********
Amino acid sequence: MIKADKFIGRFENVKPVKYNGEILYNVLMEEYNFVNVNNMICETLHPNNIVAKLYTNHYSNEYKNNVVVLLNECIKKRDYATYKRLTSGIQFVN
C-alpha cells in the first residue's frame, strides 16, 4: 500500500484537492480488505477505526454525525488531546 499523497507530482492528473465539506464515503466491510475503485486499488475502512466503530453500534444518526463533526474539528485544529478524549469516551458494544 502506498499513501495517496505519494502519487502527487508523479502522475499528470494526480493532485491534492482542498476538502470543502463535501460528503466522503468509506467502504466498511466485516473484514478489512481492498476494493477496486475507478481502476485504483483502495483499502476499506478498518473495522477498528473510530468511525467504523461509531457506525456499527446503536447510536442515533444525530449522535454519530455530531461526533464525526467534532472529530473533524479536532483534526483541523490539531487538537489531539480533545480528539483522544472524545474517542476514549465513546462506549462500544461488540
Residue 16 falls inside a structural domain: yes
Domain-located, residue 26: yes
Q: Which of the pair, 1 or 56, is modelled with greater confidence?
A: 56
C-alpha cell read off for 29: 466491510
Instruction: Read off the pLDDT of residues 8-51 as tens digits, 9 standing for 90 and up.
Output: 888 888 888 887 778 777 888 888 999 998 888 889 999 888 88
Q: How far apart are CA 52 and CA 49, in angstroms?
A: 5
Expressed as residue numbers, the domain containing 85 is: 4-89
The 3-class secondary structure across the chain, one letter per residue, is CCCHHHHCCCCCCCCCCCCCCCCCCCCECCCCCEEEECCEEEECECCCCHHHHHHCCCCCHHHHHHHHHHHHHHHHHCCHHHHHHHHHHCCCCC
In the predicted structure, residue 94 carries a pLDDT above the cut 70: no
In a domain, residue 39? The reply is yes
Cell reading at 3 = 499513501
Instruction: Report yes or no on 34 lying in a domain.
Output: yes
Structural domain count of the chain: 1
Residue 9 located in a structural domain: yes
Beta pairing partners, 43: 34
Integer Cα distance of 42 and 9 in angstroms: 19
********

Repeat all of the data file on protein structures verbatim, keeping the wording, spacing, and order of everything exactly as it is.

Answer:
Amino acid sequence: MIKADKFIGRFENVKPVKYNGEILYNVLMEEYNFVNVNNMICETLHPNNIVAKLYTNHYSNEYKNNVVVLLNECIKKRDYATYKRLTSGIQFVN
C-alpha cells in the first residue's frame, strides 16, 4: 500500500484537492480488505477505526454525525488531546 499523497507530482492528473465539506464515503466491510475503485486499488475502512466503530453500534444518526463533526474539528485544529478524549469516551458494544 502506498499513501495517496505519494502519487502527487508523479502522475499528470494526480493532485491534492482542498476538502470543502463535501460528503466522503468509506467502504466498511466485516473484514478489512481492498476494493477496486475507478481502476485504483483502495483499502476499506478498518473495522477498528473510530468511525467504523461509531457506525456499527446503536447510536442515533444525530449522535454519530455530531461526533464525526467534532472529530473533524479536532483534526483541523490539531487538537489531539480533545480528539483522544472524545474517542476514549465513546462506549462500544461488540
Residue 16 falls inside a structural domain: yes
Domain-located, residue 26: yes
Q: Which of the pair, 1 or 56, is modelled with greater confidence?
A: 56
C-alpha cell read off for 29: 466491510
Instruction: Read off the pLDDT of residues 8-51 as tens digits, 9 standing for 90 and up.
Output: 888 888 888 887 778 777 888 888 999 998 888 889 999 888 88
Q: How far apart are CA 52 and CA 49, in angstroms?
A: 5
Expressed as residue numbers, the domain containing 85 is: 4-89
The 3-class secondary structure across the chain, one letter per residue, is CCCHHHHCCCCCCCCCCCCCCCCCCCCECCCCCEEEECCEEEECECCCCHHHHHHCCCCCHHHHHHHHHHHHHHHHHCCHHHHHHHHHHCCCCC
In the predicted structure, residue 94 carries a pLDDT above the cut 70: no
In a domain, residue 39? The reply is yes
Cell reading at 3 = 499513501
Instruction: Report yes or no on 34 lying in a domain.
Output: yes
Structural domain count of the chain: 1
Residue 9 located in a structural domain: yes
Beta pairing partners, 43: 34
Integer Cα distance of 42 and 9 in angstroms: 19